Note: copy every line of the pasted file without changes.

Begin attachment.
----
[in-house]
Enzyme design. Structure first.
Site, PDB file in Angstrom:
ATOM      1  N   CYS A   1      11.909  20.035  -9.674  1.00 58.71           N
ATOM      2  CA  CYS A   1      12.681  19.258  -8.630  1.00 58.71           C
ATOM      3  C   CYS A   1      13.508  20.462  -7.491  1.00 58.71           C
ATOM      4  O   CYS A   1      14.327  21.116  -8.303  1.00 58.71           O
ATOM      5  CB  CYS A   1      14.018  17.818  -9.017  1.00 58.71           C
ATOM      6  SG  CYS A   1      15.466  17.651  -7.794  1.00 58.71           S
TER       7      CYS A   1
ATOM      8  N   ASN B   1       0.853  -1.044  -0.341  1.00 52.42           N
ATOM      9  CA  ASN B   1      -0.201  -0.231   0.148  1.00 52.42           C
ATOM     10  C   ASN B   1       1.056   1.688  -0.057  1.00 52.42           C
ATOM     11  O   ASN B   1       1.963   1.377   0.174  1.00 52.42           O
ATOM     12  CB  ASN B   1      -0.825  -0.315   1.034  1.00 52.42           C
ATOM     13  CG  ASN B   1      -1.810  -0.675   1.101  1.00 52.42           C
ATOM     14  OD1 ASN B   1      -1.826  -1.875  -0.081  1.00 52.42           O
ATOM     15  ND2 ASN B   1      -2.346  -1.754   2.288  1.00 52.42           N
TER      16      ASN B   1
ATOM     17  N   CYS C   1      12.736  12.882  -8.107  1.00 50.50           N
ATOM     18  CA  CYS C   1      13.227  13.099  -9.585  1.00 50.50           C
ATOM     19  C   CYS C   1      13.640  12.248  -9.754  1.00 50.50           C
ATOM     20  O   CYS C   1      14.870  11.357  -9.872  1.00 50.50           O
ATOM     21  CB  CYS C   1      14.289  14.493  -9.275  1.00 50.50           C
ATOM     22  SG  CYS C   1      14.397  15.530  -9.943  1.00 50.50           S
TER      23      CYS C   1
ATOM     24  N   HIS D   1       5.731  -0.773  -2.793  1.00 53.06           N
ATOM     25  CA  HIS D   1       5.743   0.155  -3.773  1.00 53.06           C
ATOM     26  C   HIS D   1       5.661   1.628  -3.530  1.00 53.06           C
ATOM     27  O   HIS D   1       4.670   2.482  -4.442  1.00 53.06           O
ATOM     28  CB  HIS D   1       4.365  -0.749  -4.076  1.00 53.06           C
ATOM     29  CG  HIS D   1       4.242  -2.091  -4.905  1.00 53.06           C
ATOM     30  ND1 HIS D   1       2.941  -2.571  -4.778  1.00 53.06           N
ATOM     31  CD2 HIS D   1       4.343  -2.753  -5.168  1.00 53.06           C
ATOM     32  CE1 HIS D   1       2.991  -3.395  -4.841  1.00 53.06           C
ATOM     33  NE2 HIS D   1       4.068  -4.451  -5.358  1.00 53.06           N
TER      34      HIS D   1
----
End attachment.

[in-house]
Enzyme design. Structure first.
Site, PDB file in Angstrom:
ATOM      1  N   CYS A   1      11.909  20.035  -9.674  1.00 58.71           N
ATOM      2  CA  CYS A   1      12.681  19.258  -8.630  1.00 58.71           C
ATOM      3  C   CYS A   1      13.508  20.462  -7.491  1.00 58.71           C
ATOM      4  O   CYS A   1      14.327  21.116  -8.303  1.00 58.71           O
ATOM      5  CB  CYS A   1      14.018  17.818  -9.017  1.00 58.71           C
ATOM      6  SG  CYS A   1      15.466  17.651  -7.794  1.00 58.71           S
TER       7      CYS A   1
ATOM      8  N   ASN B   1       0.853  -1.044  -0.341  1.00 52.42           N
ATOM      9  CA  ASN B   1      -0.201  -0.231   0.148  1.00 52.42           C
ATOM     10  C   ASN B   1       1.056   1.688  -0.057  1.00 52.42           C
ATOM     11  O   ASN B   1       1.963   1.377   0.174  1.00 52.42           O
ATOM     12  CB  ASN B   1      -0.825  -0.315   1.034  1.00 52.42           C
ATOM     13  CG  ASN B   1      -1.810  -0.675   1.101  1.00 52.42           C
ATOM     14  OD1 ASN B   1      -1.826  -1.875  -0.081  1.00 52.42           O
ATOM     15  ND2 ASN B   1      -2.346  -1.754   2.288  1.00 52.42           N
TER      16      ASN B   1
ATOM     17  N   CYS C   1      12.736  12.882  -8.107  1.00 50.50           N
ATOM     18  CA  CYS C   1      13.227  13.099  -9.585  1.00 50.50           C
ATOM     19  C   CYS C   1      13.640  12.248  -9.754  1.00 50.50           C
ATOM     20  O   CYS C   1      14.870  11.357  -9.872  1.00 50.50           O
ATOM     21  CB  CYS C   1      14.289  14.493  -9.275  1.00 50.50           C
ATOM     22  SG  CYS C   1      14.397  15.530  -9.943  1.00 50.50           S
TER      23      CYS C   1
ATOM     24  N   HIS D   1       5.731  -0.773  -2.793  1.00 53.06           N
ATOM     25  CA  HIS D   1       5.743   0.155  -3.773  1.00 53.06           C
ATOM     26  C   HIS D   1       5.661   1.628  -3.530  1.00 53.06           C
ATOM     27  O   HIS D   1       4.670   2.482  -4.442  1.00 53.06           O
ATOM     28  CB  HIS D   1       4.365  -0.749  -4.076  1.00 53.06           C
ATOM     29  CG  HIS D   1       4.242  -2.091  -4.905  1.00 53.06           C
ATOM     30  ND1 HIS D   1       2.941  -2.571  -4.778  1.00 53.06           N
ATOM     31  CD2 HIS D   1       4.343  -2.753  -5.168  1.00 53.06           C
ATOM     32  CE1 HIS D   1       2.991  -3.395  -4.841  1.00 53.06           C
ATOM     33  NE2 HIS D   1       4.068  -4.451  -5.358  1.00 53.06           N
TER      34      HIS D   1